An image showing a person holding a phone with the bad news game loaded on it

Source: © Gusmanson

Could you tell a fake science story from a genuine one? I suspect the readers of Chemistry World could but much of the general public might struggle. That certainly appears to be the case, if the enthusiastic response received by pseudoscientific posts on Facebook is any indication. One video that we highlight was watched 83 million times and contained a string of outrageous claims and urban myths.

As scientists we’ve had the good fortune to receive training in critical thinking. Many other professions and university courses also teach the value of scepticism and being alert to the dangers of seeing what you want to. This by no means makes scientists and other professionals immune to the dangers of groupthink or wishful thinking (as has been seen many times), but they are at least aware of the problem and know they should be on their guard. How can the rest of the population cope with the deluge of misinformation they’re now being hosed down with?

Our investigation reveals that Facebook’s efforts to tackle the problem of fake news, including bogus science, have had mixed success. While fact checkers are now debunking some of the worst (and most popular) posts, it typically takes three days for them to tackle each piece of nonsense – fake science news can be particularly time-consuming to get to the bottom of. By then much of the damage has been done and the people that viewed this rubbish are unlikely to see the subsequent rejoinder.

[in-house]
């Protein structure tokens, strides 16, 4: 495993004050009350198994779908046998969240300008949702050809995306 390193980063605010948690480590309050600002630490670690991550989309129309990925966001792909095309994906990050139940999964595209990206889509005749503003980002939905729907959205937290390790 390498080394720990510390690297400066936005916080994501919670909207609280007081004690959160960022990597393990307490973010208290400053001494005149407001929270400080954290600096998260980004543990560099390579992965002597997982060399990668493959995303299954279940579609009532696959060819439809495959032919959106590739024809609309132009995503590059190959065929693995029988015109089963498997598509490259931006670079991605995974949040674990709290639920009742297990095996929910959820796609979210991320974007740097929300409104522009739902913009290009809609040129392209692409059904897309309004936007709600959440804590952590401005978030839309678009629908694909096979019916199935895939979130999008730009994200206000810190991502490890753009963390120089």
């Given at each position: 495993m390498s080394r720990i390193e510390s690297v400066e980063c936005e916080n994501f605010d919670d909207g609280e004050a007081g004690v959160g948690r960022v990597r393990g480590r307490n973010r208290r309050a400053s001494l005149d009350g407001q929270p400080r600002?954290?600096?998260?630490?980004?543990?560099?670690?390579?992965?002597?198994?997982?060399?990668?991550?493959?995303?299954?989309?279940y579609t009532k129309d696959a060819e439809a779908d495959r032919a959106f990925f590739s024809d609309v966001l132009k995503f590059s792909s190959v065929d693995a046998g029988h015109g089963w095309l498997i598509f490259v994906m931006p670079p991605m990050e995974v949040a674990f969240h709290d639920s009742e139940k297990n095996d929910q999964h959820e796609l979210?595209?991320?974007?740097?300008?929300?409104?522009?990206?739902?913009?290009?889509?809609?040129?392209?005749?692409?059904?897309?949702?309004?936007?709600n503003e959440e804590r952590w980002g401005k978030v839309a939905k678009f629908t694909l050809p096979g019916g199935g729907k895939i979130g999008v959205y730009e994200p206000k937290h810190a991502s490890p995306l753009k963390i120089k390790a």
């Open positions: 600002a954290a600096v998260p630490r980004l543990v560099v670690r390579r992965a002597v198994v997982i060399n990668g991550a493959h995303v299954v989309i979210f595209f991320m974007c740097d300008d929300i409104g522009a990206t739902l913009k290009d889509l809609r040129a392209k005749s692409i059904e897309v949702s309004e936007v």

One interesting project that started recently could help by ‘innoculating’ people against fake news. A University of Cambridge team strengthened people’s scepticism using a simple game they named Bad News, in which players try to make a (fake) fake news outbreak go viral. Players attempt to stoke anger and fear – tapping into people’s basest emotions – in hypothetical readers to elicit a response. Just as real manipulators do online for a variety of reasons whether it be profit, propaganda or political misdirection. Players learn how to deploy Twitter bots to amplify a message, how to photoshop evidence and use conspiracy theories to discredit their opponents. In the process, they get to see how they’re being manipulated by (real) fake news, and thus build up their immune systems to fight off an attack. Just 15 minutes playing it was enough to make people more sceptical of dubious news – wherever it came from. It’s a brilliant educational project that could do with being introduced in schools alongside critical analysis of the media.

But if you think it’s only schoolchildren who need lessons in good news hygiene then think again. Another study has found that older generations are much more likely to share fake news than younger ones – the authors theorise that older people may lack digital literacy skills and are more trusting of news outlets, having grown up in a world where the barriers to becoming a broadcaster or a newspaper were much higher. A warning that we should all remain on our guard and give our scepticism immune systems a booster every now and then